Fundstrat’s Tom Lee.
Investors should buy mega-cap tech stocks as the valuation of the Nasdaq 100 plunges to the depths of the dot-com bust.
That’s according to Fundstrat’s Tom Lee, who is leaning bullish on stocks into the second half of 2022.
“The risk/reward in FAANG is attractive. Even anecdotally, the bad news seems priced in,” he said.
Investors should buy mega-cap tech stocks as valuations in the Nasdaq 100 fall to levels not seen since the depths of the dot-com bust, Fundstrat’s Tom Lee said in a Friday note.
That’s a bold call considering that the Nasdaq has seen the bulk of this year’s stock market sell-off, with the tech-heavy index falling nearly 30% at its lows. Rising interest rates and concerns of an economic recession have weighed on the valuations of companies that sport fast growth but little profits.
But after the year-to-date decline, Lee now sees an attractive risk/reward profile in the Nasdaq 100 and its associated mega-cap tech stocks, according to the note.
“Many investors say they are waiting for stocks to crash to absolute rock bottom levels before considering equities. The Nasdaq 100 is already there,” he said.
In fact, the Nasdaq’s price-to-earnings ratio today is lower now than it was at the depths of its dot-com unwind, when the Nasdaq 100 declined by nearly 80% from its 2000 peak, he added.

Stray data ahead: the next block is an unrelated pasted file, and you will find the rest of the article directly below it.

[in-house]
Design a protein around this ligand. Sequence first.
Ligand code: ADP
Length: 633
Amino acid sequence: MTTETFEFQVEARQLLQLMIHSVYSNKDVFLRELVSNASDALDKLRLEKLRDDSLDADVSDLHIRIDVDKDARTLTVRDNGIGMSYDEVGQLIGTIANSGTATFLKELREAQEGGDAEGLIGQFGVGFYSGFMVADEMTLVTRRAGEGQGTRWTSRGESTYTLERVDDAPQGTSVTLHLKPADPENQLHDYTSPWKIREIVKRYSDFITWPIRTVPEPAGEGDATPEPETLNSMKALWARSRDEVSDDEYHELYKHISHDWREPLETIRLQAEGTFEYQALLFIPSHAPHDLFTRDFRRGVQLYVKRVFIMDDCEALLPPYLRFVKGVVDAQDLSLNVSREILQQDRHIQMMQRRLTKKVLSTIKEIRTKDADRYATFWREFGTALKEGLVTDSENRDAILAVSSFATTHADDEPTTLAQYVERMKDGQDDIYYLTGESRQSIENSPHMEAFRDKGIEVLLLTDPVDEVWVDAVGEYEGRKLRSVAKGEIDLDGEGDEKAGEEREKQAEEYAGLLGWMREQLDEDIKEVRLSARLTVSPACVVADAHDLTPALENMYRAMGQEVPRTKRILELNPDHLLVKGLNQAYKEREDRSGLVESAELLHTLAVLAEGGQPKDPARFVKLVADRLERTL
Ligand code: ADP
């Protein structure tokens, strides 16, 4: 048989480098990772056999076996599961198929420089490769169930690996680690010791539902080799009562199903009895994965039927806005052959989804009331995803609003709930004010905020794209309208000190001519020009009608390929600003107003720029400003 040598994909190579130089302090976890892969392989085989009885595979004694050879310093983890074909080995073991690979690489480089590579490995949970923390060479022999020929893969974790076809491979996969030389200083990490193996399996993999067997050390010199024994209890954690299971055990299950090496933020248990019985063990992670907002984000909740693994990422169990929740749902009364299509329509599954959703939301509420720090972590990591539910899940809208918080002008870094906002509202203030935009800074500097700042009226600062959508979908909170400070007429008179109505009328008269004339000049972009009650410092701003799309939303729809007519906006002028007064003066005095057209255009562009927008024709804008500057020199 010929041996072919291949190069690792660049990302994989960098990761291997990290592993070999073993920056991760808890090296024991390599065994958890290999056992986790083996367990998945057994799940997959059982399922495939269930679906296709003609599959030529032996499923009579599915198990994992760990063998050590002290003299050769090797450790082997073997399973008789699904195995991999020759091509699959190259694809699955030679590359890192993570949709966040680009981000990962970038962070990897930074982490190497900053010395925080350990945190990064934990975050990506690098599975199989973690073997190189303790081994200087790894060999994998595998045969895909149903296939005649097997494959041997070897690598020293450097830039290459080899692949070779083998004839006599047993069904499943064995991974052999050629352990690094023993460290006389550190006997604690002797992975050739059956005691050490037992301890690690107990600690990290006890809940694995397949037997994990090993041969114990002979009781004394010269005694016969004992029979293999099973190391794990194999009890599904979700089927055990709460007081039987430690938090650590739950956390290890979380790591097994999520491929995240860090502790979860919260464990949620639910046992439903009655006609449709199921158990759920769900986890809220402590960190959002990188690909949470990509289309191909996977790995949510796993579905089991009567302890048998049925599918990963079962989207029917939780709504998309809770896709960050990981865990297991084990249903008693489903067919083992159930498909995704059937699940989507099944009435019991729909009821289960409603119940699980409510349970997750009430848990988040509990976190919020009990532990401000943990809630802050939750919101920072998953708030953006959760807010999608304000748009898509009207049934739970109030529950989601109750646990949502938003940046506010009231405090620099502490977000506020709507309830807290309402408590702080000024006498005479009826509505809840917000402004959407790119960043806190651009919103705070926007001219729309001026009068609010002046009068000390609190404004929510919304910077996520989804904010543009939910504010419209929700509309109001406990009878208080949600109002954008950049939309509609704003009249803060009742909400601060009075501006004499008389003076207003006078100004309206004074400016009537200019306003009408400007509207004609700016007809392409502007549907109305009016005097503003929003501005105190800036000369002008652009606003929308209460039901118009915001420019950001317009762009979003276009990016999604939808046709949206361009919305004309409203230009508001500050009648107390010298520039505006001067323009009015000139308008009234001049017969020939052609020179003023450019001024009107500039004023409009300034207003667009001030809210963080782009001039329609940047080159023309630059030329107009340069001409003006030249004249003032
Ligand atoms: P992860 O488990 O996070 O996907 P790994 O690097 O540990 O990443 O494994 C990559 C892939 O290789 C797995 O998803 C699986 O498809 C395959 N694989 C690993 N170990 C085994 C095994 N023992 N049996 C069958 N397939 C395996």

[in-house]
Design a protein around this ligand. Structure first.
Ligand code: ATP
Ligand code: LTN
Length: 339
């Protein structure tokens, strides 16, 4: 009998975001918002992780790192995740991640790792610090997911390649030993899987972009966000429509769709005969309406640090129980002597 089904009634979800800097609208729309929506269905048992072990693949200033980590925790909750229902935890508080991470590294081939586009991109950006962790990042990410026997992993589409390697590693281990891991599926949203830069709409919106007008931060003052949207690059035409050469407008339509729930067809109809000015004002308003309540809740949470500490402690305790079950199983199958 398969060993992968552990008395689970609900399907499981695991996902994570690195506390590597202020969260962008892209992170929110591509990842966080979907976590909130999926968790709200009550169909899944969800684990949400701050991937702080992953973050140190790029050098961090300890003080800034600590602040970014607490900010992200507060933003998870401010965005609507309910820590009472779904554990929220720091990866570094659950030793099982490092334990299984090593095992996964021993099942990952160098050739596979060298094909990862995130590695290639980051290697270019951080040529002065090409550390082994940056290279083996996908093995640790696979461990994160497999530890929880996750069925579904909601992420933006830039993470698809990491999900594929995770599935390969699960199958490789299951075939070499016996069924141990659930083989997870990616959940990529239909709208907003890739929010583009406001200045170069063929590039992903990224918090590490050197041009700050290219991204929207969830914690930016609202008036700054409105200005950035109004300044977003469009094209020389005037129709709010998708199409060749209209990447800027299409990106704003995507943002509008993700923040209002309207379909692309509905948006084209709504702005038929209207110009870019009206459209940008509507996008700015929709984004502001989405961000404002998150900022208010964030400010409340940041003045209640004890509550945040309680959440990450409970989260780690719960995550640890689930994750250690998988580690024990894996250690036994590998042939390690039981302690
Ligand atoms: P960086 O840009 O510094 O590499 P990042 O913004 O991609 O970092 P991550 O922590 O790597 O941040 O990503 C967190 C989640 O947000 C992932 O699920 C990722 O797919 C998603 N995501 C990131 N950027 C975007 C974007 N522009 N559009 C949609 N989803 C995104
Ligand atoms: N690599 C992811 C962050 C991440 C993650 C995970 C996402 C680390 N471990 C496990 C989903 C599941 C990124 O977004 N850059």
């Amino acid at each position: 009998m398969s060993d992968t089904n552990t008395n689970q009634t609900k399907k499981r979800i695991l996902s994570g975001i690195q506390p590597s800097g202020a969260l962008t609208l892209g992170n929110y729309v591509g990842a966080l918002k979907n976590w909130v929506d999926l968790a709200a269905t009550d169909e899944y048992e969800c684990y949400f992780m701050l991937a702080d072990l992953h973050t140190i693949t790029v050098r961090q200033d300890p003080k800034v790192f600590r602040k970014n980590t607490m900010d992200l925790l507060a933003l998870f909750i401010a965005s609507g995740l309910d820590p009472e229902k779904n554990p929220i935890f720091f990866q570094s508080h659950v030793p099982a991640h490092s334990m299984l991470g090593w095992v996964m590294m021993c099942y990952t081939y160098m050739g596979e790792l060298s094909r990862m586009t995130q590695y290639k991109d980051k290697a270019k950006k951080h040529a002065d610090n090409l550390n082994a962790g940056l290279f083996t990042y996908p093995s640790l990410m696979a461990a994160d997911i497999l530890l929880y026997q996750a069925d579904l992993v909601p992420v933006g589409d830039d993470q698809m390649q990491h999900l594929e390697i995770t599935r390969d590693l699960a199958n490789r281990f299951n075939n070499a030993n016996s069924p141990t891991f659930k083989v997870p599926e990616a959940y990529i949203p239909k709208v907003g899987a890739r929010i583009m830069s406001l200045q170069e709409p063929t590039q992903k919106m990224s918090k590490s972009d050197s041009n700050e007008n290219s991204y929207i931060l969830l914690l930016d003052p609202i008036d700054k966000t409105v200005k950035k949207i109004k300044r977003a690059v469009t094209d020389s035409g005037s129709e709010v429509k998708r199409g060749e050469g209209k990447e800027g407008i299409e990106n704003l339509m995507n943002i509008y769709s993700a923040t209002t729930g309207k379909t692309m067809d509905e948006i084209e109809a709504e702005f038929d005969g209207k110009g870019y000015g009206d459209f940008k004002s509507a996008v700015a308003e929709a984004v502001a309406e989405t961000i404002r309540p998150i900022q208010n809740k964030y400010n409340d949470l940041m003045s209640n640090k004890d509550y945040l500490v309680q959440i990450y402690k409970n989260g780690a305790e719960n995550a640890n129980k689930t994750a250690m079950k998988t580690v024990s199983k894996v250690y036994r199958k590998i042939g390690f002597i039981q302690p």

“Nasdaq 100 is cheaper today than at the absolute 70-year low of 2003. Yup, markets crashed worse than dot-com,” Lee said.
This dynamic means tech stocks are likely to stage a considerable bounce before the rest of the market does, according to the note, and the Nasdaq’s recent relative outperformance relative to the S&P 500 over the past week corroborates that view.
“If anything, this should affirm why the risk/reward in FAANG is attractive. Even anecdotally, the bad news seems priced in,” Lee said, pointing to Microsoft’s stock trading higher after it gave an earnings warning on Thursday due to currency headwinds.
Additionally, Meta Platforms staged a significant bounce on Thursday after it announced what could be considered bad news in that its COO, Sheryl Sandberg, was stepping down from the company.
This “bad news is priced in” environment will be tested once again on Friday after Tesla’s Elon Musk said he has a bad feeling about the economy and wants to cut 10% of the company’s work force. If Tesla stock ends Friday higher, it would once again back up Lee’s outlook that all the bad news is already priced into the markets.
With Lee leaning bullish into the second half of the year, investors should consider buying tech stocks that trade at considerably depressed valuations, according to the note. He highlighted Meta, Alphabet and Netflix as examples of mega-cap tech stocks that are trading at discounts relative to the S&P 500.
“FAANG and Nasdaq are outright attractive on a valuation basis,” Lee concluded.
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